Last Sunday morning, in the new Tivoli neighborhood in Brussels, it was inaugurated a street in honor of the resistant Andrée de Jongh.
“It’s an extraordinary destiny,” says Khalid Zian, the alderman for Equal Opportunities for the City of Brussels, “because Andrée de Jongh became one of the very few women at the head of a resistance network at the time”.
Born in Schaerbeek in 1916, Andrée de Jongh was an ambulance trainer. She cured the allied soldiers hospitalized in Bruges during the Second World War. Is there that she decided to help British airmen trapped in the occupied country. Therefore, she launched the network “Comète” which helped these airmen to go home.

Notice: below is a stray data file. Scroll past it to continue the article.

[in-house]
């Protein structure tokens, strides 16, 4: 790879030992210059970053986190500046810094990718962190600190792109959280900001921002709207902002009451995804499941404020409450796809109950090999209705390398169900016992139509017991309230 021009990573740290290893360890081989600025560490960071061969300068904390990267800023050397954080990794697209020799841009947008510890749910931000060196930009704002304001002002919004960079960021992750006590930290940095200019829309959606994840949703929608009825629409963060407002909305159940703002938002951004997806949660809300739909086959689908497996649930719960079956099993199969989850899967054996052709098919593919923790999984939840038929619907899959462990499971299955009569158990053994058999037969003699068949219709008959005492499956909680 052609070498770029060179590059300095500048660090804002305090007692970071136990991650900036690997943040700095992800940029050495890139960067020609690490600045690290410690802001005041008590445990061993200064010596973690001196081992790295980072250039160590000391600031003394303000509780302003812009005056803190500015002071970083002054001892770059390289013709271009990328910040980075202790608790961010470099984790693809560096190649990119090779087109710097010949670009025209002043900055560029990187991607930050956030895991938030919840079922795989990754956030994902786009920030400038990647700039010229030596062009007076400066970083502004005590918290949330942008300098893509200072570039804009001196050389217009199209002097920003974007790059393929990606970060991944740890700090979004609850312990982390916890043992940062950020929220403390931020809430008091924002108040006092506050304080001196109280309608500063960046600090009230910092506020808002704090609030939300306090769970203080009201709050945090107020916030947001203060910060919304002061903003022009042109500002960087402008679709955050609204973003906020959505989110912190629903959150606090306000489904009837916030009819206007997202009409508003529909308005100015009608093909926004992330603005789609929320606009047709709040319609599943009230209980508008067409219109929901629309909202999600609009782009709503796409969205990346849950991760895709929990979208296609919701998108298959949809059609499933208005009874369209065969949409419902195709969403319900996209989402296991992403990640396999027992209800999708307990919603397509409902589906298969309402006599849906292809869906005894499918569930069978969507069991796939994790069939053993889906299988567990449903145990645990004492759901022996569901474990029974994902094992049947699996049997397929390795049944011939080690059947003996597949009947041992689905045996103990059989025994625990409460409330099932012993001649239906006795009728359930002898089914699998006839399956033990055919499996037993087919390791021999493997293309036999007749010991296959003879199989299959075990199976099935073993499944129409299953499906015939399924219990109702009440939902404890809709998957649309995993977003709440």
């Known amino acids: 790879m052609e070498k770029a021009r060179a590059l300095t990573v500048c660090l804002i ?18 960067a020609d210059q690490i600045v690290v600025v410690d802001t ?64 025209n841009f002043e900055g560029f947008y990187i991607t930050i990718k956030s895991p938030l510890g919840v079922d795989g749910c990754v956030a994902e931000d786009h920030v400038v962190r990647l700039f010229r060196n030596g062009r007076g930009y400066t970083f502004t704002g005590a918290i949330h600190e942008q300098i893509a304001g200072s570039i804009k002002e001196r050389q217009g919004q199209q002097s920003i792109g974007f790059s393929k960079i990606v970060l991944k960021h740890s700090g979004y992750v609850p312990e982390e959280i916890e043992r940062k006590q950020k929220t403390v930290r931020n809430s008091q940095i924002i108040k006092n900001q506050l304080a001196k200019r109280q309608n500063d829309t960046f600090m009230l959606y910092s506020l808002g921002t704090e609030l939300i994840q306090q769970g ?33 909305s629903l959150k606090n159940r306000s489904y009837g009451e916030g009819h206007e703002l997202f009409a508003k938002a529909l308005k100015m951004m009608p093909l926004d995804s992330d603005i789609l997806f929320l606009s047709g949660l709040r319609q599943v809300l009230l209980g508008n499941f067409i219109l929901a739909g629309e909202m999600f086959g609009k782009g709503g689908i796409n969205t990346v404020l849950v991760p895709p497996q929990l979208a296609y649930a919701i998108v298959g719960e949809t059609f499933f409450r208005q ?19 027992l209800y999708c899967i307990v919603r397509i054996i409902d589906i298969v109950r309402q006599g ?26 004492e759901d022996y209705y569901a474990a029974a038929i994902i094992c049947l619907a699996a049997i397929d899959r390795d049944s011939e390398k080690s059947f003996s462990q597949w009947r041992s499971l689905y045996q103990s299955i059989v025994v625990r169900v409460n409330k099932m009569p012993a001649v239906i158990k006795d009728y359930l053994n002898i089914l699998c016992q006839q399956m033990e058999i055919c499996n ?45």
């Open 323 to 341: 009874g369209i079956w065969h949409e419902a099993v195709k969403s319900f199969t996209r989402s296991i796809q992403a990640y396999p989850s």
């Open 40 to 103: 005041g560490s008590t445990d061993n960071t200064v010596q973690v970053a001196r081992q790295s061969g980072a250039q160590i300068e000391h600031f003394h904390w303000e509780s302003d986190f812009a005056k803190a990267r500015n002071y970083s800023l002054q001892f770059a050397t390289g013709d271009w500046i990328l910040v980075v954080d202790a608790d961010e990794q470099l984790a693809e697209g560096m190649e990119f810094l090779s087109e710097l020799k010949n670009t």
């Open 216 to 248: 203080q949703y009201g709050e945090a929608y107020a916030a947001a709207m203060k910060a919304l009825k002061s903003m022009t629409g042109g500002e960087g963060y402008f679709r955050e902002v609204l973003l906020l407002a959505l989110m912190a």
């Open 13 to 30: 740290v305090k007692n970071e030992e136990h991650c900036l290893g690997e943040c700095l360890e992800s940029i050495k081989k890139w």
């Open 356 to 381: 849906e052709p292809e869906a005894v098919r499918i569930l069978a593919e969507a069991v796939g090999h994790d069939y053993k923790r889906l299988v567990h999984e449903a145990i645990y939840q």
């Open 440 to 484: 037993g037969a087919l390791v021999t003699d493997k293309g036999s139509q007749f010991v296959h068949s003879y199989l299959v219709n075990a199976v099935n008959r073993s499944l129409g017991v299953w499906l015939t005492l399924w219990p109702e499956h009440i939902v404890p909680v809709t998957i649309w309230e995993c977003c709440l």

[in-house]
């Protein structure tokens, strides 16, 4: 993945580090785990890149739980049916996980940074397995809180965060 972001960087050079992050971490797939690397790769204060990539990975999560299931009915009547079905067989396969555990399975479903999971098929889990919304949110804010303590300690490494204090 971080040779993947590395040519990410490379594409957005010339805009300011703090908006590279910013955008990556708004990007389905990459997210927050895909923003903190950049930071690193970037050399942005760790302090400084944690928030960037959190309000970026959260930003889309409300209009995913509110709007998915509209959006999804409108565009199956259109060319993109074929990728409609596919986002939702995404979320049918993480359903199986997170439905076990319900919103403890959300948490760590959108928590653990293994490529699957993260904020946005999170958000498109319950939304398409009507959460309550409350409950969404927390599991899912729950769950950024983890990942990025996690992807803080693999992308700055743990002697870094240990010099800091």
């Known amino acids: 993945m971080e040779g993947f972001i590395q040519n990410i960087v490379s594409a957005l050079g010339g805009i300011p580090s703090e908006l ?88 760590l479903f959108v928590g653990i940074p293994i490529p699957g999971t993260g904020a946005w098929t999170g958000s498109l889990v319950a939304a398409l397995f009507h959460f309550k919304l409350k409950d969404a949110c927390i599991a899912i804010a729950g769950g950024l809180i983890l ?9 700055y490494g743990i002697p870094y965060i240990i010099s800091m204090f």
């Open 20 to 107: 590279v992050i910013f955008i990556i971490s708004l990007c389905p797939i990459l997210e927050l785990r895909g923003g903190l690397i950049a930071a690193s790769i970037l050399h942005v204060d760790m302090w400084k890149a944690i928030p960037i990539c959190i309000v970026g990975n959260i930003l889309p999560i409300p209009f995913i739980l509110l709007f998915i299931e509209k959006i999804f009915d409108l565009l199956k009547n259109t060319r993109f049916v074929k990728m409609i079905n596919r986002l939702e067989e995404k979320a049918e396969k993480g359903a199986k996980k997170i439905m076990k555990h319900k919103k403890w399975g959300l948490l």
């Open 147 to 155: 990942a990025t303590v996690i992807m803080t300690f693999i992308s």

On January 15, 1943, she was arrested for her actions in the resistance and deported to Germany. Fortunately, she was able to survive. After the war, she continued to devote her life to the service of others. In particular, she took care of lepers in Congo. A life dedicated to others, until she died on October 13, 2007.